Friday, July 9, 2010

US and Russia swapping 'spies'

(Carlo - I reply to your emails via this post for all, I hope you don't mind - VS)

Now its official: the USA and Russia have swapped 'spies'. Or are they?!

Well, the Russians have for sure released some very real spies, including a nuclear scientist and even a former GRU Colonel (now that there is no death penalty in Russia, this guy should, IMHO, have received life without parole. An agency like the GRU simply cannot afford to have traitors in its midst).

But does that make the Russian 'spies' in the US any more real? I absolutely do not think so. I have no idea why the Russian government agreed to this deal and I very much regret that it did. I would have loved to see these absolutely ridiculous accusations cross-examined. Of course, the US regime could have done what it does so often - ordered a secret trial. So from the humanitarian point of view, I am happy for the 11 "spies" that they are now back in Russia. Except for the case of Sergei Skripal, I see nothing wrong with the Russians expelling a number of spies to get their nationals back.

But does that make them real SVR 'illegals'? Of course not.

So maybe some other agency was involved. Under Eltsin there was a quasi constant "reforming" of the Russian intelligence community with constant name changes, boss changes, missions changes, fusion of agencies, etc. etc. Eltsin's notorious bodyguard Korzhakov even created his own, as did all the big "new Russian" oligarchs and many banks. And since the "private sector' and the Russian mob are really so intertwined as to be indistinguishable, God only knows how many private spy agencies or "for hire" spy agencies are out there. These 11 could have been linked to any of them.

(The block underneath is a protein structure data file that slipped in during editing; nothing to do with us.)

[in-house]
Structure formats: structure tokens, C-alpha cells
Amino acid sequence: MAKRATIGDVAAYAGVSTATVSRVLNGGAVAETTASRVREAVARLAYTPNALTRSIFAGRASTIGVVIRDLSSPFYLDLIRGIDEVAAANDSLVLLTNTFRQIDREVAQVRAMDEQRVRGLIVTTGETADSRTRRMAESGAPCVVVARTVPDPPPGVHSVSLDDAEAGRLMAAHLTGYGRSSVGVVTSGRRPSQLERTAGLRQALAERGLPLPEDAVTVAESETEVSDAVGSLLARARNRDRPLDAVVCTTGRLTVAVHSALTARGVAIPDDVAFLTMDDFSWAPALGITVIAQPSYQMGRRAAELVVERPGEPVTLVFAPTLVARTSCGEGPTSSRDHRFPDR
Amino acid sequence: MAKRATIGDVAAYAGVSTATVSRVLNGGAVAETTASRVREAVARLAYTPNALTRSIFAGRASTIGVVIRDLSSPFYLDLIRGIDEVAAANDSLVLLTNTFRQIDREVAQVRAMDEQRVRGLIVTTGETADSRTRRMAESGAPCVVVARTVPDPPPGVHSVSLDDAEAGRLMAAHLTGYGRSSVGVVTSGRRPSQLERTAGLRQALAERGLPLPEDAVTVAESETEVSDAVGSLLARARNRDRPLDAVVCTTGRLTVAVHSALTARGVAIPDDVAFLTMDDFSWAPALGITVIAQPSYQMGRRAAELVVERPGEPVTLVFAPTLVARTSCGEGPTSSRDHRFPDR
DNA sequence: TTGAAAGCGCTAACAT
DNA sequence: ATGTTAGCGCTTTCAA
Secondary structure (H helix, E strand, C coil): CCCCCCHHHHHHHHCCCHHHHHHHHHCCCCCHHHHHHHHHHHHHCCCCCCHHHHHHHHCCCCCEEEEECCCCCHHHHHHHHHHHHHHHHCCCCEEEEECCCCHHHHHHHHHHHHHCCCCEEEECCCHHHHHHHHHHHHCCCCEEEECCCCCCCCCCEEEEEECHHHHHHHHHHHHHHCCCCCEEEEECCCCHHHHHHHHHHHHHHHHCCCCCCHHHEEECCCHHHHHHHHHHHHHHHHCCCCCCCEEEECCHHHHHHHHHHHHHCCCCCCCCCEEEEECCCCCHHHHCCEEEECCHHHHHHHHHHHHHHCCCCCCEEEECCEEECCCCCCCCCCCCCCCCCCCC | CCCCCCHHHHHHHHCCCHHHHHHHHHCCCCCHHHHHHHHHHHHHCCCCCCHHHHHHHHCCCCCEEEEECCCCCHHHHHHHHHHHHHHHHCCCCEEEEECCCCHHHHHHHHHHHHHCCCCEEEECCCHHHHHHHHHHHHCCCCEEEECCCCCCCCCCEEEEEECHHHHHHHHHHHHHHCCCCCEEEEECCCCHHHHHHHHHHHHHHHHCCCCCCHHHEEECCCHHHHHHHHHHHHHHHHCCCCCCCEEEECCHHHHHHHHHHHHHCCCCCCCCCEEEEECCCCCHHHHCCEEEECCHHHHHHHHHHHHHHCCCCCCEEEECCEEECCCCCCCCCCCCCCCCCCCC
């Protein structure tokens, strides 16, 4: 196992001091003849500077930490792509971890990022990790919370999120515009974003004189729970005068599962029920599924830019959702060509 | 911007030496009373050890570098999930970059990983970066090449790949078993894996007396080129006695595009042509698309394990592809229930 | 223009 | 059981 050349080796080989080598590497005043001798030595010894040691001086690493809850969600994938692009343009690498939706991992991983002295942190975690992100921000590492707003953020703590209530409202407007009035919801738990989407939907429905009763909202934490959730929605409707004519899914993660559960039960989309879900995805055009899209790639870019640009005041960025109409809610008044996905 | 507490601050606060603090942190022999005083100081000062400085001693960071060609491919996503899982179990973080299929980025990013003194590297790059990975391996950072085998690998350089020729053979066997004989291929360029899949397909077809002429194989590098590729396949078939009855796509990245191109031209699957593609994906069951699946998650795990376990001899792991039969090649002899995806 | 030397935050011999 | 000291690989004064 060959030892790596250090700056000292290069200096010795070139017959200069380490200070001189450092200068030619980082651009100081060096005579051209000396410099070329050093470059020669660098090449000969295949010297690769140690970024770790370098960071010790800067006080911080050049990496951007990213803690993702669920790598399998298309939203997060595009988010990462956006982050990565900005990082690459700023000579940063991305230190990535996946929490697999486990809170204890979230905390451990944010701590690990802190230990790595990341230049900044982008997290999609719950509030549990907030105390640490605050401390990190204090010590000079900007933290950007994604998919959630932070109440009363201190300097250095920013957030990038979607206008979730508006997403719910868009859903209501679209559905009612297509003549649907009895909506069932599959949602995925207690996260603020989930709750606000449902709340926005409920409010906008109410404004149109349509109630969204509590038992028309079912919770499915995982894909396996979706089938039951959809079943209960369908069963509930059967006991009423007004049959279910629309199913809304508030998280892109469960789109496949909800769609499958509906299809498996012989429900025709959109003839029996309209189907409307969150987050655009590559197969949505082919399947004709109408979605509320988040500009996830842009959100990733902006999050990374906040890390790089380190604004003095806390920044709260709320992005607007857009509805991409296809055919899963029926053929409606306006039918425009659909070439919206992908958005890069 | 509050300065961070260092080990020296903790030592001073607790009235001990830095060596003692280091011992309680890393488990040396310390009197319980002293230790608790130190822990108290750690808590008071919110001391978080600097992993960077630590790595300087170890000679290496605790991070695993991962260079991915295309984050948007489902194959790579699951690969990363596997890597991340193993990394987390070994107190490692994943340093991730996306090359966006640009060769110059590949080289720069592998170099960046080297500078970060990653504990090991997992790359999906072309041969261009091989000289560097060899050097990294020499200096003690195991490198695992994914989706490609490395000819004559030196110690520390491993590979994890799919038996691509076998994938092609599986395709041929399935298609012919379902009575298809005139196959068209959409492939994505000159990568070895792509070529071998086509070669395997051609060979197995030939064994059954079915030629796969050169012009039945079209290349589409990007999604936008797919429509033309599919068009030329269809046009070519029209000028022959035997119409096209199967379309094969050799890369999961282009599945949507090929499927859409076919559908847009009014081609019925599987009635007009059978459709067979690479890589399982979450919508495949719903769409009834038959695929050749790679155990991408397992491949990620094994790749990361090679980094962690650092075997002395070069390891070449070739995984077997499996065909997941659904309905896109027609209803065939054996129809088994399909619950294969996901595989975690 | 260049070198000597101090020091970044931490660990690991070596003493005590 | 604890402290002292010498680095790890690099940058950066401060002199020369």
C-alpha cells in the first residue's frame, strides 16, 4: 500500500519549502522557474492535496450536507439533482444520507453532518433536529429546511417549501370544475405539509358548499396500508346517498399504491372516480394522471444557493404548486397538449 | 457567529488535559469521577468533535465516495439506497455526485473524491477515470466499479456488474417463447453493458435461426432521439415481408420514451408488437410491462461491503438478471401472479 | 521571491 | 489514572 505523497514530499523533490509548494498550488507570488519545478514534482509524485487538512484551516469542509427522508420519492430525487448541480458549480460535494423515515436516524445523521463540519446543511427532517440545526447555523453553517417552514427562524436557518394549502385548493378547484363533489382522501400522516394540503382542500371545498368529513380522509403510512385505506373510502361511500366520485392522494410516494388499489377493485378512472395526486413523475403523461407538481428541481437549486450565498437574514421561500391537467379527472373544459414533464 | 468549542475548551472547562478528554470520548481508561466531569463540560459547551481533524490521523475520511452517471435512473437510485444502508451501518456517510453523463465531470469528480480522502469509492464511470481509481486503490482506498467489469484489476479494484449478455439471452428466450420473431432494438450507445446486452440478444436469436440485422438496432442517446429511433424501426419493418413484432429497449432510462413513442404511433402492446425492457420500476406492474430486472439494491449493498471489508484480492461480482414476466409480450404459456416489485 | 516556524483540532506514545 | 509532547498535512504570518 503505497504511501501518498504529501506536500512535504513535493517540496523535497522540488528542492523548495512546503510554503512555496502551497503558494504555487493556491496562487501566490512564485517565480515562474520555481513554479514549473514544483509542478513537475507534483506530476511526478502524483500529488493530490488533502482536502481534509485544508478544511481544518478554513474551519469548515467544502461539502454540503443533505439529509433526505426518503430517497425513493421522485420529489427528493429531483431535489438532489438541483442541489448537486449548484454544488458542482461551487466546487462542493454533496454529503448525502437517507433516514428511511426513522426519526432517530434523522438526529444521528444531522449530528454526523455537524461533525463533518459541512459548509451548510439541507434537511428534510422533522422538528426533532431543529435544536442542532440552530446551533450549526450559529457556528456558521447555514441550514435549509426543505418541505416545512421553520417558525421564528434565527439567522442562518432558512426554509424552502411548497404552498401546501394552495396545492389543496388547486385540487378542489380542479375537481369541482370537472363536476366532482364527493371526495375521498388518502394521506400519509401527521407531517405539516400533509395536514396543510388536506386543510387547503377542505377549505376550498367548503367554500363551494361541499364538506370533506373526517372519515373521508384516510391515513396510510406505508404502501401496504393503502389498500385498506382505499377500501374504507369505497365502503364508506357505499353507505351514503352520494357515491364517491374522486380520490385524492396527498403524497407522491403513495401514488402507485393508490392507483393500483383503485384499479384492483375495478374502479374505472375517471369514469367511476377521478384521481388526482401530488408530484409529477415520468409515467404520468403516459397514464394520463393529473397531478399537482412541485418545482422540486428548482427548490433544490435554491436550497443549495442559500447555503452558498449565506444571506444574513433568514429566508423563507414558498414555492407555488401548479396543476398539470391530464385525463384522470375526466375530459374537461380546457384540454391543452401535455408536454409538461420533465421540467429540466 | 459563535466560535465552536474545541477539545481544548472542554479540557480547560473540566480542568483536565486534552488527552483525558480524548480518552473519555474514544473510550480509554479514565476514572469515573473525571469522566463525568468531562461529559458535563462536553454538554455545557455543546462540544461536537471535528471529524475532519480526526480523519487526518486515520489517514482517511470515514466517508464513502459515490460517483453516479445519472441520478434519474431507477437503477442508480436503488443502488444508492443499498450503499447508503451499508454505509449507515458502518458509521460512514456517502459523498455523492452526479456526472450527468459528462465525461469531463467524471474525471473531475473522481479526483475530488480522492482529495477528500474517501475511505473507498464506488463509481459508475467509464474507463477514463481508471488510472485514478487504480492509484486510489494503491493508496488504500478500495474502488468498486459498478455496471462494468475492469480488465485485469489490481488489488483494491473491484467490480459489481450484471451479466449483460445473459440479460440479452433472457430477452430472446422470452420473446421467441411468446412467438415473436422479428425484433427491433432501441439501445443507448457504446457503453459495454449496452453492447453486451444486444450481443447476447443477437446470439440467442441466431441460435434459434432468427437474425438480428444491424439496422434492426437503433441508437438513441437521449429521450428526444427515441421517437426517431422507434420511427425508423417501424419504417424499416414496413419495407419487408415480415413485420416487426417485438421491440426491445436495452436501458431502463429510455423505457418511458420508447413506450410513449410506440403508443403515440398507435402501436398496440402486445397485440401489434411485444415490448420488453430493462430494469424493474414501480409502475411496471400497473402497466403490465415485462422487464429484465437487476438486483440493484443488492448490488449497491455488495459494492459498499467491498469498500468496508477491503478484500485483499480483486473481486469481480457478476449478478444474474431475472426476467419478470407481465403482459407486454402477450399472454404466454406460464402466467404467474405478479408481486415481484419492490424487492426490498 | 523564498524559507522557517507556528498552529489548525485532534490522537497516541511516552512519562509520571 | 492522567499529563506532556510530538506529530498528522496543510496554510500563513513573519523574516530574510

Another thing which supports this version is that, at least according to the FBI, these guys have been monitored for a full decade. Well, if the FBI monitored them for a full decade, that means that whatever training or preparations they got was in the mid to late 1990s - exactly during the infamous Eltsin years. And one can easily imagine that what these 11 did was to get the hell out of a crisis ravaged Russia and then flashed a middle-finger to Eltsin's wannabe spy masters. After all, it is quite clear from the FBI documents that even though these 11 were monitored during a decade, they did absolutely nothing illegal. In other words, they were happy to enjoy their new lives and did not give a damn about spying.

In theory, it is conceivable that this could have happened with the SVR but I honestly don't think so. I have had the opportunity to meet a number of former PGU SSSR (First Main Directorate of the KGB, the external intelligence branch, which then became the SVR) officers in the mid 1990s and while they were not happy about the situation of their agency, they did not report an apocalyptic collapse down to a "kindergarten level" of spy playing.

My guess is therefore that these 11 were the product of some semi-private operation which the Russian government today is embarrassed by and this is why they agreed to the exchange.

The Saker